Microwave
Microwave Mischief
and Madness
Heather Hosack, Nathan Marler,
and Dan MacIsaac, Department of Physics
& Astronomy, Northern Arizona University, Flagstaff AZ 86011-6010; danmac@nau.edu
M
icrowave ovens use electromagnetic
radiation to heat and cook food. A
typical microwave oven uses a mag1
netron to produce about 1 kW of radiated power at a frequency of 2450 MHz, wavelength of
12.2 cm, electric field strength of 2 kV/m, and
power density of approximately 2.8 MW/m3.2
Microwave radiation penetrates foodstuffs
and is absorbed by the flexure of polarized water
and food molecules, which rub against one another synchronously with and at harmonics of
the oscillating electric field component of the radiation. Molecular vibration in the right frequencies is also known as thermal energy or heat;
hence, microwave electromagnetic radiation becomes thermal energy for cooking foodstuffs.
This effect is sometimes called dielectric heating.
There is NO notable molecular bond resonance
effect in microwave ovens, and some materials
with more tightly locked molecules (such as
frozen foods) don’t flex very well and don’t microwave well.
The walls of a microwave are made of metal,
which allows electrons to freely move in closed
paths and cancel out the electric fields in the
oven walls. Thus, microwave radiation cannot
penetrate the closed box walls of the oven (or the
metal mesh covering the window in the front
door) but are reflected back into the oven and
through the food until they are absorbed. If the
microwave oven is operated without a load (material to absorb the microwave energy), microwaves will reflect about until they re-enter the
magnetron and eventually damage it; therefore,
you should always operate the oven with a load.
A small glass of water is sufficient.
Electrically isolated pieces of metal placed in a
14
Fig. 1. Lighted bulb.
Fig. 2. Broken bulb.
microwave oven cannot allow electrons to move
in closed paths; electrons will “pile up” on the
edges of the metal object and may arc over
through the air to another part of the metal. For
example, small pieces of metal placed in an electric field of 2 kV/m and separated from one another by only 1 cm can experience an electric
field difference of:
V
m
⌬V = (2 ⫻ 103 ᎏᎏ)(1 ⫻ 10–2m) = 20,000 V,
which will produce a spark discharge in the microwave between the pieces of metal.3 Electrons
THE PHYSICS TEACHER ◆ Vol. 40, May 2002
➤ Grape races. Prick one end of several seedless
grapes with a toothpick and place on a glass
plate. Also demonstrates water’s dielectric
properties. Try a grape cut in half with a
knife, leaving a thin flap of connective tissue
(electrons try to move through highly resistive grape-skin, and plasmoids may form).
Microwave Demonstration
Safety Issues & Guidelines
Fig. 3. Lighted CD in microwave.
accelerating though the air will slam into nitrogen molecules in the air, which will emit ultraviolet and blue light via electronic excitation and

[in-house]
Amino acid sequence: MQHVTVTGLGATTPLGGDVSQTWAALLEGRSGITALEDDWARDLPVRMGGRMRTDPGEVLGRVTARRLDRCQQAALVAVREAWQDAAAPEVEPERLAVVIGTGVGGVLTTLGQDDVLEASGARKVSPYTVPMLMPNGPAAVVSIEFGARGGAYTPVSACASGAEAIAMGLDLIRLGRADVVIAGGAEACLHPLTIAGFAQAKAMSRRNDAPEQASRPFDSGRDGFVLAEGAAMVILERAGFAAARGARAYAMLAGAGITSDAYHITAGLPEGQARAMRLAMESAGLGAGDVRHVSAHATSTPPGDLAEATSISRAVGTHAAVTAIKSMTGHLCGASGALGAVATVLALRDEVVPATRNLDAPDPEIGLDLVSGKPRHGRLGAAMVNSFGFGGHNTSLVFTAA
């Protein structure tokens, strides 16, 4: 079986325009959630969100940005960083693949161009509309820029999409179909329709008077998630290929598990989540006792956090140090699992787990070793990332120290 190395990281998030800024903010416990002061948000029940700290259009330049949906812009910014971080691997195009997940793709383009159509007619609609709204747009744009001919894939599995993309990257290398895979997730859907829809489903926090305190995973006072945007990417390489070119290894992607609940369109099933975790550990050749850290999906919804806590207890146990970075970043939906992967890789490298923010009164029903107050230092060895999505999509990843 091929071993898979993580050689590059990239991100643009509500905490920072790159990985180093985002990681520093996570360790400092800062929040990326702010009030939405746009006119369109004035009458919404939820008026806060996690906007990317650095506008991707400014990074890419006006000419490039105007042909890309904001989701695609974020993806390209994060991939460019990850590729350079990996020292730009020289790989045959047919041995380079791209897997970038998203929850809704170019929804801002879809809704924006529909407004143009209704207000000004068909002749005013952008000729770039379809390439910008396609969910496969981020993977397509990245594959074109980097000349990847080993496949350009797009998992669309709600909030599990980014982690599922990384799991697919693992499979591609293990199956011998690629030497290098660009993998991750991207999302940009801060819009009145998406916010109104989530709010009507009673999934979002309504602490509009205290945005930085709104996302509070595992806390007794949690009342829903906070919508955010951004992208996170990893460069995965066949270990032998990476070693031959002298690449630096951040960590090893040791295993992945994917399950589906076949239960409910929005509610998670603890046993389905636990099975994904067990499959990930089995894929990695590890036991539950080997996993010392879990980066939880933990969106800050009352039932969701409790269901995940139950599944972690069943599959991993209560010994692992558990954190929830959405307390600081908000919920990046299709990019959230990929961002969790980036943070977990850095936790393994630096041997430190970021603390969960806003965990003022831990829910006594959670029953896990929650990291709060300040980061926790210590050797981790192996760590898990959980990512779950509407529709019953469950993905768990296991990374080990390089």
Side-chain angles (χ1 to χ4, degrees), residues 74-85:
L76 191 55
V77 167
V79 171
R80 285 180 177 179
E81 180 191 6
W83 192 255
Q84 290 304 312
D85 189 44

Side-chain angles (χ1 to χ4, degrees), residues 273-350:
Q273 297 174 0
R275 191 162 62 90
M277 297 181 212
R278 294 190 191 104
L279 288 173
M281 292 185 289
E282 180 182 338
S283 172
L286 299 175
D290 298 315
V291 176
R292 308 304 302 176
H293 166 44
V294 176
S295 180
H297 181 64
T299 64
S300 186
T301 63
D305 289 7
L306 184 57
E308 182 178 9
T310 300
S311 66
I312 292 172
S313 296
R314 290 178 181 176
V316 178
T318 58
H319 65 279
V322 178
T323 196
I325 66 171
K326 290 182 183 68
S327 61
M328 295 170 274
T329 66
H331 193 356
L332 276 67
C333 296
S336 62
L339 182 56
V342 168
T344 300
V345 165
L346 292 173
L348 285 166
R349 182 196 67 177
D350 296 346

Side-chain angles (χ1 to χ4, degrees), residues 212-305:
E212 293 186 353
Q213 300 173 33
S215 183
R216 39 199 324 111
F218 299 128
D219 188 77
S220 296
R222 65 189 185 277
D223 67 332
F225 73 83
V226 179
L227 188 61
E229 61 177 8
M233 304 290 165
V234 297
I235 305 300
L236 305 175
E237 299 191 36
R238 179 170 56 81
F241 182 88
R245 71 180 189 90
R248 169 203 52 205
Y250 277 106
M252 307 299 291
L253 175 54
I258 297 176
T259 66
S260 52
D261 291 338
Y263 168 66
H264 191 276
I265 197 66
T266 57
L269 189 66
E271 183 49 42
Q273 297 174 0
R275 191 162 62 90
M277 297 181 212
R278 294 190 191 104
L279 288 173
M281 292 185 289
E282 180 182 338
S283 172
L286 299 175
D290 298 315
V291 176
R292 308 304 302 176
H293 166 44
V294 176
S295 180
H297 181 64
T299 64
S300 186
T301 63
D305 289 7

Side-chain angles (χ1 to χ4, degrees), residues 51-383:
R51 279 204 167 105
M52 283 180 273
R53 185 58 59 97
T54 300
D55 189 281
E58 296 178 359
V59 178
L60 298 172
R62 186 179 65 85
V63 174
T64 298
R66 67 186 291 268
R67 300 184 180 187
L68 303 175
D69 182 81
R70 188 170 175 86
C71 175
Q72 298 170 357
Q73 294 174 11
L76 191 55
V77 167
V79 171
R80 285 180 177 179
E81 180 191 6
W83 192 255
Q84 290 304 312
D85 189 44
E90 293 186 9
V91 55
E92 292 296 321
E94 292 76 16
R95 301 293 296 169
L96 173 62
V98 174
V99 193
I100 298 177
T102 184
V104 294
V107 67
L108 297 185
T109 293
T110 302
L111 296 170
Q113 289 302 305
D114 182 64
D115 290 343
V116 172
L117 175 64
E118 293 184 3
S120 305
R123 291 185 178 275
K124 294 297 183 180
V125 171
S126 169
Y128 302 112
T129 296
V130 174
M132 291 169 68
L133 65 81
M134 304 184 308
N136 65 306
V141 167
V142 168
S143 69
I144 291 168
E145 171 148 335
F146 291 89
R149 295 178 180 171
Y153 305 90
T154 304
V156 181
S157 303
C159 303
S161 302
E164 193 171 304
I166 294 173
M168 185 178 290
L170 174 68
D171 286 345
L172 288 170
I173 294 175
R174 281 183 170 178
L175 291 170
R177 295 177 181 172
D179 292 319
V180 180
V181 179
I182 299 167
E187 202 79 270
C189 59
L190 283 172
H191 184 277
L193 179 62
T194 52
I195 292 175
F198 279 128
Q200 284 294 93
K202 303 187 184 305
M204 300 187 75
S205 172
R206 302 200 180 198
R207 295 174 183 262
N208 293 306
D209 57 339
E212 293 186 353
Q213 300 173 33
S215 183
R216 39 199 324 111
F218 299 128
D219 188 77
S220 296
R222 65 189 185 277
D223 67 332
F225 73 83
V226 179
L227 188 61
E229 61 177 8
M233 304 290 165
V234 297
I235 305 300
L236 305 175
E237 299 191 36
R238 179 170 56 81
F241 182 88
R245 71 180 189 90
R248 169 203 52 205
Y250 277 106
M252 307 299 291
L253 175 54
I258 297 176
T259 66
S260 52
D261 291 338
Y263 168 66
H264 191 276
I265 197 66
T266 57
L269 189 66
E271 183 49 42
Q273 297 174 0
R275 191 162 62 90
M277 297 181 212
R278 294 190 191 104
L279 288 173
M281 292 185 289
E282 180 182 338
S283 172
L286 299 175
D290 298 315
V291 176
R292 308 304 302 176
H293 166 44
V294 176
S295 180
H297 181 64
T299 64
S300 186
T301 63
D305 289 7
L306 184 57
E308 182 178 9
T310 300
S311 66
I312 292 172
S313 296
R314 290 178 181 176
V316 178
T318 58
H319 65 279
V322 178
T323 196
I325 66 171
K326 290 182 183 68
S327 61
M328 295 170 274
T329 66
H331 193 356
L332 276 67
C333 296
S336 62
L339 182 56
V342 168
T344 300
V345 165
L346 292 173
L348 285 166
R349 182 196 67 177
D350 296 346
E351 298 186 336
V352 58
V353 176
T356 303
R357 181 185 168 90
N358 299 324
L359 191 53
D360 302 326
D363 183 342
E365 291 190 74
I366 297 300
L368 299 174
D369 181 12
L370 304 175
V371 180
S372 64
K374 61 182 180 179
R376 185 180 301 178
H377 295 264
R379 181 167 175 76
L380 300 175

emission. Hence, microwaving metal objects
will produce extremely hot, bluish sparks.
Some Microwave Oven
Experiments
Prepare the oven by taping a paper file card
over the light in order to darken the interior.
Darken the room for your audience. Consider
using an old glass plate that you won’t miss underneath objects in the oven. Times vary with
each experiment; always use high power, but
note the duration in parentheses.
Small spark discharges (relatively safe)
➤ CDs (6–8 s). Electrons arc across thin foil
tracks and destroy the CD by vaporizing the
thin metal, constantly changing the discharge paths. Do not breathe the smoke or
melt the plastic (see Fig. 3).
➤ Small Christmas tree ornaments. See CDs.
➤ Frozen or fresh-diced carrots. Arcs between
the corners. Electrons collect on corners
(points of most curvature) and edges, causing
arcing.
➤ Bar of soap. Ivory or Irish Spring (with
whipped-in air bubbles for flotation) works
well; wet the topside. Microwave until it
bubbles with steam and re-sculpts itself (because of water’s dielectric properties).
THE PHYSICS TEACHER ◆ Vol. 40, May 2002
When performing these microwave demonstrations please
follow and provide these safety guidelines to the audience:4
Protect Yourself and Others — Don’t microwave yourself. Never try to defeat the safety interlock and run
the microwave oven with the door open; severe tissue
damage can occur. Perform experiments in a fume
hood or well-ventilated area. Don’t burn yourself —
most hot items (especially glass trays and bulbs) look
just like cold items, except they will burn you. Sealed
items (like eggs) and containers can explode when
heated. Use gloves or oven mitts. Have bystanders
maintain a distance of three feet, or use a shield.
When demonstrating for a class or a crowd, consider
using a video camera on manual focus.
Beware of being scalded by hot fluids — In a ceramic
container it is possible to superheat water; some pockets can be hotter than 100⬚C. Superheated water will
flash boil or geyser out of the container if boiling is